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Allium porrum

11th October 2020 – this is the sixth year of growing cabbage and leeks in two no-rotation beds in the centre

Leeks are ‘a bundle of leaf sheaths’. Wikipedia gives this definition and I like it. Leeks are not stems or stalks, and a one-word term often used is ‘shank’.

Leeks are closely related to onion and garlic, but have a milder and sweeter flavour.

  • Winter leeks with shorter stems, mostly below soil level, are hardy to deep frost and give fine harvests in early to mid-spring.
  • Summer and autumn leeks have most shank above ground and risk rotting after temperatures below about -6° C/21 °F.

Harvest period

  • Days from seed to first harvest: 150, and up to 380 for the last harvest from a sowing of winter leeks.

One sowing of, say, an early variety and a late variety, can give several transplanting opportunities at different times. Then you have a range of harvest dates over several months.

  • Best climate broadly ranges from continental to temperate. Plenty of moisture is the main requirement for strong growth.

Why grow them

Leeks offer a long season of harvest and are a kitchen staple from autumn to early spring. You can use them like onions, but the flavour is more creamy and sometimes even sweeter.

  • For winter harvests, leeks are especially suitable for temperate climates. They are in the garden for harvesting at any point, over several months.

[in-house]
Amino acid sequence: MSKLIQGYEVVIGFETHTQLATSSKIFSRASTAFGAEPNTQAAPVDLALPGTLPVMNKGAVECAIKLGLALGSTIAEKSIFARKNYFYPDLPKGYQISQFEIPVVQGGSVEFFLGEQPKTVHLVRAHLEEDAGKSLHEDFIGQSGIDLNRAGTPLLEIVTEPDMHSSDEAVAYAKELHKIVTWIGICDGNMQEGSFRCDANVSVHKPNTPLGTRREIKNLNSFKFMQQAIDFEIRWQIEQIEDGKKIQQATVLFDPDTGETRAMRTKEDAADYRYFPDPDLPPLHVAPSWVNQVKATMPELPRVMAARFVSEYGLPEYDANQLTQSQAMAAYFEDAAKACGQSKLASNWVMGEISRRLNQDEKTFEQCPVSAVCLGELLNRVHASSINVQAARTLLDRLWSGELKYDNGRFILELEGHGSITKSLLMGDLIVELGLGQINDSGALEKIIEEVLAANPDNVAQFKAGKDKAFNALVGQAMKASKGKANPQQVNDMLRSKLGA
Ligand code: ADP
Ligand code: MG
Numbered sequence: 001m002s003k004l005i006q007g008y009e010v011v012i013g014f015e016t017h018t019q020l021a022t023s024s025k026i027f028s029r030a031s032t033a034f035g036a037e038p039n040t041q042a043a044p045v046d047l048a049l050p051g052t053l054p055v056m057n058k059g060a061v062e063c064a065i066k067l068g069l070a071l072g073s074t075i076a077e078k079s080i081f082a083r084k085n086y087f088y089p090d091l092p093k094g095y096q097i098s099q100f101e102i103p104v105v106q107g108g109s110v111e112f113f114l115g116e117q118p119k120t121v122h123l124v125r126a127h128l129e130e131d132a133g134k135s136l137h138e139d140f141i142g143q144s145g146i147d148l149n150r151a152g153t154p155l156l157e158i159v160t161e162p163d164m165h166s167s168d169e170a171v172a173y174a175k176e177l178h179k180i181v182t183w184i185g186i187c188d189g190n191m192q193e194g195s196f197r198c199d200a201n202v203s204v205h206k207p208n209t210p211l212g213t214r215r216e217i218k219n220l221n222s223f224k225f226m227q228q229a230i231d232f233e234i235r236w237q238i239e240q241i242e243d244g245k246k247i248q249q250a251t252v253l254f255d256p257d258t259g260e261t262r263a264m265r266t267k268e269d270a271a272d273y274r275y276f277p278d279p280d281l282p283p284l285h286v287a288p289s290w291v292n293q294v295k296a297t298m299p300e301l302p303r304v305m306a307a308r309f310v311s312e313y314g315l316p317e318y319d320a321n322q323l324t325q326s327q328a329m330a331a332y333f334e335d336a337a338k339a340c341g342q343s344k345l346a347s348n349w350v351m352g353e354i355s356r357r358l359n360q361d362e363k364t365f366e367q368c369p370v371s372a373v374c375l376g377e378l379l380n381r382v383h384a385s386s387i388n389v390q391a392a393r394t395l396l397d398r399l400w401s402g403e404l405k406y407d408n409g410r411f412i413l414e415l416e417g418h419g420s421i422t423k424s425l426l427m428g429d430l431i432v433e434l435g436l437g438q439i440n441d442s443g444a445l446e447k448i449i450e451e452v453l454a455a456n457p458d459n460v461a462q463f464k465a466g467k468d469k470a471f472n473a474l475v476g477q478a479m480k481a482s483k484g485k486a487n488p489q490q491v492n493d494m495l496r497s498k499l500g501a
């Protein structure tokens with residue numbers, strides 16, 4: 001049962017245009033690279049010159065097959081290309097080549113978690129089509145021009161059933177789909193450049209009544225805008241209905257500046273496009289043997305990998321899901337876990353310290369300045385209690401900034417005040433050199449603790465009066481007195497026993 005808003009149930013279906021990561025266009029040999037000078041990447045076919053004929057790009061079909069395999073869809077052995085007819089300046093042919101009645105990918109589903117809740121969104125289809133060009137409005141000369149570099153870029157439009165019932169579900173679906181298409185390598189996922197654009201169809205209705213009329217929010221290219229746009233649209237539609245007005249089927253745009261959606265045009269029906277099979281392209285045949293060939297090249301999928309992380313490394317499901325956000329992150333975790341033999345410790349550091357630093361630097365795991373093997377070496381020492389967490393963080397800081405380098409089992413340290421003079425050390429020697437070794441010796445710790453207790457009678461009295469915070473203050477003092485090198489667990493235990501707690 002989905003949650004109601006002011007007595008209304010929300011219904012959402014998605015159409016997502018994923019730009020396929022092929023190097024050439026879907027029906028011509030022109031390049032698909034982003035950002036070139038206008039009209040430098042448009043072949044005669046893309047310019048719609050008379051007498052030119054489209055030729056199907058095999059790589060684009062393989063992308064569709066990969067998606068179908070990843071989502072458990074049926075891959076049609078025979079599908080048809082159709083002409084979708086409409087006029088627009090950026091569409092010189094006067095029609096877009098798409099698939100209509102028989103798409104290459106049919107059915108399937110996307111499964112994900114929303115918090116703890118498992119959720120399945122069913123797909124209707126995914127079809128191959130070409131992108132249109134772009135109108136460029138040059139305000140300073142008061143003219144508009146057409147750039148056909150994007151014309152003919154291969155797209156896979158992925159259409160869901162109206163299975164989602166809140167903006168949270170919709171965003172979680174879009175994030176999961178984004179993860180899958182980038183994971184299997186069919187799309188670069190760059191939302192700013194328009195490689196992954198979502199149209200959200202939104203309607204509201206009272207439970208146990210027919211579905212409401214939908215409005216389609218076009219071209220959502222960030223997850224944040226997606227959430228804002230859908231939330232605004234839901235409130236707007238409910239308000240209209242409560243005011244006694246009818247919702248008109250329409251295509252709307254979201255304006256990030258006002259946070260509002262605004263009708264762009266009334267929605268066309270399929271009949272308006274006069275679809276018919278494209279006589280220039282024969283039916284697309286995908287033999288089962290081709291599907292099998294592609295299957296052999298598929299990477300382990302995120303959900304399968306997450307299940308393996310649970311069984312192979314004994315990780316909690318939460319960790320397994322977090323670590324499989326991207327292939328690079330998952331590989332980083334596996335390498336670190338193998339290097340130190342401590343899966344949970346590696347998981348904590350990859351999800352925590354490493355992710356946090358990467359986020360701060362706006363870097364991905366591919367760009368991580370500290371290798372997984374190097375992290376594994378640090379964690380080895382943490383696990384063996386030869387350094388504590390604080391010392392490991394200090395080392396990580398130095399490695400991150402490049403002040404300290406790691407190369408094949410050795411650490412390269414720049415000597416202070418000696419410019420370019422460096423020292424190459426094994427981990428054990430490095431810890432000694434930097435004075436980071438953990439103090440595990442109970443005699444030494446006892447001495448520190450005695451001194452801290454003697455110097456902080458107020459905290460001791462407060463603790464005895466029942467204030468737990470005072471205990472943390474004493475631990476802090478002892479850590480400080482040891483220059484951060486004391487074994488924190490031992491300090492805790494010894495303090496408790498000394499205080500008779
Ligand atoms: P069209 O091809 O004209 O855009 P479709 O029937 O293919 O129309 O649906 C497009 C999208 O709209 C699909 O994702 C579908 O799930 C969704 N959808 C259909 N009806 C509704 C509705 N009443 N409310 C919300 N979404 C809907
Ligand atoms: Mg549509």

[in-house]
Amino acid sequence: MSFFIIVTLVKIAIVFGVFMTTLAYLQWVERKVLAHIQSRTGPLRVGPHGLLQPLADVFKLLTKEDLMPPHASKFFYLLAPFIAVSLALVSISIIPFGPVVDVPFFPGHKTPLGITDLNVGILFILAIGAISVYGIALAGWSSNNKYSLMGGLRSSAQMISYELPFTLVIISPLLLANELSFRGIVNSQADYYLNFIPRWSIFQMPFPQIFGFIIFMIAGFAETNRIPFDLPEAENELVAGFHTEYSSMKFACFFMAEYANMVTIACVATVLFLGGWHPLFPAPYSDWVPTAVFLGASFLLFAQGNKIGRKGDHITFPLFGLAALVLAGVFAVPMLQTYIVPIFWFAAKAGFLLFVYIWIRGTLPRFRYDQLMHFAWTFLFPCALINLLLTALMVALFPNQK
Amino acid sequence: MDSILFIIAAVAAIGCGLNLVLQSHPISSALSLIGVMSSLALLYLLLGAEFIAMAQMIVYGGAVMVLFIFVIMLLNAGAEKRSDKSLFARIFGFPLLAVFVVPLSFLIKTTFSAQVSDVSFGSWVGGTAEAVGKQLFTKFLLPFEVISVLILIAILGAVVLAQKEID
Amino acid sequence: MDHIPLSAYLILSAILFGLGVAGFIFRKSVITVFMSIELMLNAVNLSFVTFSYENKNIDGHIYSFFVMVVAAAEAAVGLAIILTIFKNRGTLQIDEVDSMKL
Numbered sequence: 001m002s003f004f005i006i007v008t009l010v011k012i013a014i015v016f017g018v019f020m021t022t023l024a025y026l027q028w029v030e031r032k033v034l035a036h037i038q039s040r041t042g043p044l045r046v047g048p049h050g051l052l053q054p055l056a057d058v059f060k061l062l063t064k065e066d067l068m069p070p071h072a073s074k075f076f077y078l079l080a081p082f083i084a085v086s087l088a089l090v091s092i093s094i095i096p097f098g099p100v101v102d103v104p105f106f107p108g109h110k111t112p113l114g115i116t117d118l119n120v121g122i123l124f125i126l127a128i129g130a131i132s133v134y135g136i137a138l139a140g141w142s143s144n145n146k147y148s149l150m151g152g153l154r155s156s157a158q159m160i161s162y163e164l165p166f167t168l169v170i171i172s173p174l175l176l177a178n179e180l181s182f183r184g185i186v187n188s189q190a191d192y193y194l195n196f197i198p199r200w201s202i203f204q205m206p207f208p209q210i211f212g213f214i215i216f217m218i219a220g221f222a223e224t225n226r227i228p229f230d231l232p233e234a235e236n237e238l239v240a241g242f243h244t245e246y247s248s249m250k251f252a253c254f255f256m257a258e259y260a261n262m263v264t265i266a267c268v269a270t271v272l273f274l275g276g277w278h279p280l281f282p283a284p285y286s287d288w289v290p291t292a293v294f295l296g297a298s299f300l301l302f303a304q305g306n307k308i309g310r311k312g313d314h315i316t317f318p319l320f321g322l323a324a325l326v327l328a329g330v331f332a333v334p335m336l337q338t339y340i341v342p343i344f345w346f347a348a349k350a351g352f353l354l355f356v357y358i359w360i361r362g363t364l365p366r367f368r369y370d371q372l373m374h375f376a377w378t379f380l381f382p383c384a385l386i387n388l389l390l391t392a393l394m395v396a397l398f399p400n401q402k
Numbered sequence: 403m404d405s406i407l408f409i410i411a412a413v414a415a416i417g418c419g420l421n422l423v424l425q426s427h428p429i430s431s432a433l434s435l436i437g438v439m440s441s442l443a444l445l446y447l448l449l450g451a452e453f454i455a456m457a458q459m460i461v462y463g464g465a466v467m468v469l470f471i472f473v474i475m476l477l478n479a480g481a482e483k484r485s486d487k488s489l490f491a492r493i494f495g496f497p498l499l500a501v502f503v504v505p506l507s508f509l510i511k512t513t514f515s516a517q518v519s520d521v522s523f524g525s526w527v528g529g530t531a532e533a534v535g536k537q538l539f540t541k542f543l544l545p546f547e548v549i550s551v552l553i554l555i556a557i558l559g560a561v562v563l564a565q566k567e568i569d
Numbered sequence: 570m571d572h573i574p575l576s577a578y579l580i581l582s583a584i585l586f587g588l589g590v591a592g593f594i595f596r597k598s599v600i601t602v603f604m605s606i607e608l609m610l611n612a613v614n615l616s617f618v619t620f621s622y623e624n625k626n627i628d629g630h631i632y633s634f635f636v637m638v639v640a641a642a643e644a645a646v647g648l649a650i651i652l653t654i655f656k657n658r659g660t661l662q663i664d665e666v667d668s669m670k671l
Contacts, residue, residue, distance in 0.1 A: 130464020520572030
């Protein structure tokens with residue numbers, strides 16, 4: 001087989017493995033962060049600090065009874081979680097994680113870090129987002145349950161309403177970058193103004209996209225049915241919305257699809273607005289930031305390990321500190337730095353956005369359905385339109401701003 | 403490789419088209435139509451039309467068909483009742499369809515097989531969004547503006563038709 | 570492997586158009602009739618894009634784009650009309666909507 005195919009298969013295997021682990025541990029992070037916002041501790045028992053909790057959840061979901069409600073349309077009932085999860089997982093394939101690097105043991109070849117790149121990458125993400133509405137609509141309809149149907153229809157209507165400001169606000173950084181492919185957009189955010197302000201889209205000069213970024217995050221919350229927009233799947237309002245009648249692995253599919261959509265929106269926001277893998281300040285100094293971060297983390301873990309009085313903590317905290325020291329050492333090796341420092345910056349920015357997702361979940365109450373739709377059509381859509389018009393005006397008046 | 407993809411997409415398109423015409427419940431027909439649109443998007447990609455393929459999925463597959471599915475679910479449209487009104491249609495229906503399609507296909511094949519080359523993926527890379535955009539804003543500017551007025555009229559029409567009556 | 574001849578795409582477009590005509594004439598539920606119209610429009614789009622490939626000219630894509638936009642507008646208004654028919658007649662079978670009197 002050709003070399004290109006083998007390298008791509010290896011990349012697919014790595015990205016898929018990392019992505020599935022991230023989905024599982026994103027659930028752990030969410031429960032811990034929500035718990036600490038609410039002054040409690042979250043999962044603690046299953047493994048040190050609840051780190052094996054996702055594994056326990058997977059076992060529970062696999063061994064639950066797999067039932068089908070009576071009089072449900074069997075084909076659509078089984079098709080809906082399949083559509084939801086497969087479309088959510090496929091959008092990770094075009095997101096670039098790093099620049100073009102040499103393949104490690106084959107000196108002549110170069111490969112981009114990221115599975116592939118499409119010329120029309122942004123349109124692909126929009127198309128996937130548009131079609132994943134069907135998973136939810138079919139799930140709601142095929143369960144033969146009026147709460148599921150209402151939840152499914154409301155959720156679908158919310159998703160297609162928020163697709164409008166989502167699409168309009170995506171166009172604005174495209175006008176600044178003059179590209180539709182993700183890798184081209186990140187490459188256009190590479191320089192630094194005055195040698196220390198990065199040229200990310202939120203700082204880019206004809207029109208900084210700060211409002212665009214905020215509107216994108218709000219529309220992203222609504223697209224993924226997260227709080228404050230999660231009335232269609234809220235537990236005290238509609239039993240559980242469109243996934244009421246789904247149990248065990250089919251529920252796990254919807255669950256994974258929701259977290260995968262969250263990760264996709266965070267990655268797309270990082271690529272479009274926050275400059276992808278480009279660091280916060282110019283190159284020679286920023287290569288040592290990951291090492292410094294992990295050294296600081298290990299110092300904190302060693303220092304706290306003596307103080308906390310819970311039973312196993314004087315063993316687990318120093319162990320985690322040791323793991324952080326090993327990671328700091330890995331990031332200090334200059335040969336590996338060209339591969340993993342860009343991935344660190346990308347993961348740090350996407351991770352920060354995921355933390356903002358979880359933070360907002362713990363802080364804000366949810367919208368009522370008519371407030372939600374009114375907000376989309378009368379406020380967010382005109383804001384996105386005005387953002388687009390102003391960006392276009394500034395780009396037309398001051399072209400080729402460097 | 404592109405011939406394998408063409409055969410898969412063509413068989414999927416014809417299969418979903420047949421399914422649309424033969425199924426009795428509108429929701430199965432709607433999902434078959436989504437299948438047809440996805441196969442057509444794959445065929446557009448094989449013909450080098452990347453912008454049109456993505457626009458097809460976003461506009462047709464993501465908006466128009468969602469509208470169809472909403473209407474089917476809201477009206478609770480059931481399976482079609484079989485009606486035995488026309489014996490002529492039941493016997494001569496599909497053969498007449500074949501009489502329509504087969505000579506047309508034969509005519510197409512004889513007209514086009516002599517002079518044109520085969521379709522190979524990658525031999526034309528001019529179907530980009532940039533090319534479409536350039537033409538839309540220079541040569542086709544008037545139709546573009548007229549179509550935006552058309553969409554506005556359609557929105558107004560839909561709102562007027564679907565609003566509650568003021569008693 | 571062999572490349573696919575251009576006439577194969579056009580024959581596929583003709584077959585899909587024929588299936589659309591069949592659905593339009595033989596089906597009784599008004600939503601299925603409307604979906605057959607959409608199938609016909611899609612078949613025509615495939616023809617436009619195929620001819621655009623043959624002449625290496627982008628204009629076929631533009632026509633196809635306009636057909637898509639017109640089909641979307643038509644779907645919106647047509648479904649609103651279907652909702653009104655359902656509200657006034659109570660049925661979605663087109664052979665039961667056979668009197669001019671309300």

Leeks are an excellent hungry gap harvest. Grow some winter varieties and leave them to grow through early spring. Some of my most valued harvests here are in the last two weeks of April, from sowings of more than a year earlier. They have doubled in size during the previous month as it warms up, and until they switch to flowering mode.

The transplant stage in July – these three-month-old leek plants are ready to go in, after a potato harvest
An abundant harvest on an icy January morning – the Philomene leeks were harvested after frosts of -5° C/23° F on 2nd January
Two varieties for winter – the middle one is an autumn variety that survived winter but is starting to flower; this is 2nd May – from left: Musselburgh, Autumn Giant, Apollo

Pattern of growth

Most varieties of leek grow slowly and surely through a whole year, for as long a time as almost any vegetable.

  • Sow in mid-spring. Earlier sowing is possible, for summer harvests, but keep frost off seedlings to reduce the risk of bolting.
  • You can propagate seedlings, which become medium-sized plants, over a period of two to three months.
  • Meanwhile, an early vegetable is coming to harvest, such as spinach, lettuce, cabbage, carrots and potatoes.
  • Then transplant at any point in summer.
  • Growth is rapid through autumn and continues slowly in mild winters.
  • In winters below about -8° C/18° F, even leek shanks of winter varieties will benefit from some protection, such as by earthing up. Or harvest before prolonged freezing.
  • Flowering is in mid-spring, according to the variety. A flower stem develops at that time (see the photo above) and is edible when young, similar to the scape of garlic.

Suitable for containers/shade?

Leeks grow really well in containers, partly because they do not need much space for leaf growth. That huge number of leeks you see in the photo below, from the one pot, did not fill any huge volume of space around the pot.